I look back and given the judgement that I sometimes felt from others, but more so of myself it was a genuine miracle that I lasted those first three or so years.

Martin Luther once received a letter from one of his pastors weighed down by his own sin to which he basically answered “welcome to the real world”. And somewhere in those years I saw the real world. That sins, doubts, hurts and so forth weren’t just carried by me. Pastors, devoted Christians and children of God were in the same boat and somehow through this I came to see that I was not unique in my flaws, to know longer have to ask “but who will save me”. Somehow I came to truly know that it is true, even for a sinner like me and to cling to that truth.

When spiritually attacked, when reminded of our sin, failings, our crap, to cling not to our own judgements of ourselves, but to those of Christ.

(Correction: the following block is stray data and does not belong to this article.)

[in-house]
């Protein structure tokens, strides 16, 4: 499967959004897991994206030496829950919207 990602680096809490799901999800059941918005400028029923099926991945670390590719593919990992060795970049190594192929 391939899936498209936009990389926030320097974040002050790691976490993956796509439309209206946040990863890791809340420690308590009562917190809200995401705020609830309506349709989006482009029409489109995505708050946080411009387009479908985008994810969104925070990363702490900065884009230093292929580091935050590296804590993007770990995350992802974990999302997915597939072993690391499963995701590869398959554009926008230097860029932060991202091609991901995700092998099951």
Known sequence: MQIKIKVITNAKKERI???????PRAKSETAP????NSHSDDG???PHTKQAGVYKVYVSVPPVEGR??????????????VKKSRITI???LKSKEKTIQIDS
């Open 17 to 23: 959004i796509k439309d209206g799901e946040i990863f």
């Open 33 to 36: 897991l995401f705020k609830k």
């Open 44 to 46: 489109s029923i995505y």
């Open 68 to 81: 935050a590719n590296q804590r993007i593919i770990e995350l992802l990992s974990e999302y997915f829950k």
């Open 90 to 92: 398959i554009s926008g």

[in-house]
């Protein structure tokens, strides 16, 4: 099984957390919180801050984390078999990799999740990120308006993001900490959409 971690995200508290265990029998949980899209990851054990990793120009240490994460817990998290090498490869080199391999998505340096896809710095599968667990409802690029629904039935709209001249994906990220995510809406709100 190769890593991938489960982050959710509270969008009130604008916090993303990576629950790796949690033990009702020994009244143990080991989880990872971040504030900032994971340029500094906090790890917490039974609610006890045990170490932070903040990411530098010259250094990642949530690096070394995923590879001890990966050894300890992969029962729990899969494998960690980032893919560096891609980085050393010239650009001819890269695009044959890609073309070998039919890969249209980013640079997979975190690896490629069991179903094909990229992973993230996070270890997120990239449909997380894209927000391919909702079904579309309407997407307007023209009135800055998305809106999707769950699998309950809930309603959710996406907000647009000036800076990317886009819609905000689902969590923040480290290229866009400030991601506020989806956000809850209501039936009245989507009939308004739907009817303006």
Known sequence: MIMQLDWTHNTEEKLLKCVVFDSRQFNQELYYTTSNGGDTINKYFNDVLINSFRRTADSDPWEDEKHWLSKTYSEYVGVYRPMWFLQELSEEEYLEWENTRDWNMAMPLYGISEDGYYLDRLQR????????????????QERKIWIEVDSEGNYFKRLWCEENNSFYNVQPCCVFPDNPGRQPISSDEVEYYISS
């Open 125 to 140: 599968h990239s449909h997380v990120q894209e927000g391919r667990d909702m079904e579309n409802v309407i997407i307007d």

At the end of apartheid in South Africa Nelson Mandela gave Archbishop Desmond Tutu the job of reconciling the country. Not to punish, but to reconcile. To bring out the sins of the past so that they can go forward.

On such man was on trial for locking up a father and his son with savage hungry dogs. He confessed and after this terrible act was brought into the open the judge asked a lady present what should the penalty be? And she responded “This man has taken from me my husband and my only child, I have no one left, so he will visit me once a week and I will care for him”.

From today’s reading in James:

“Is anyone among you suffering? Let them pray. Is anyone cheerful? Let them sing praise. Is anyone sick? Let them call for the elders of the church, and let them pray over them. If anyone among you wanders from the truth, bring them back.”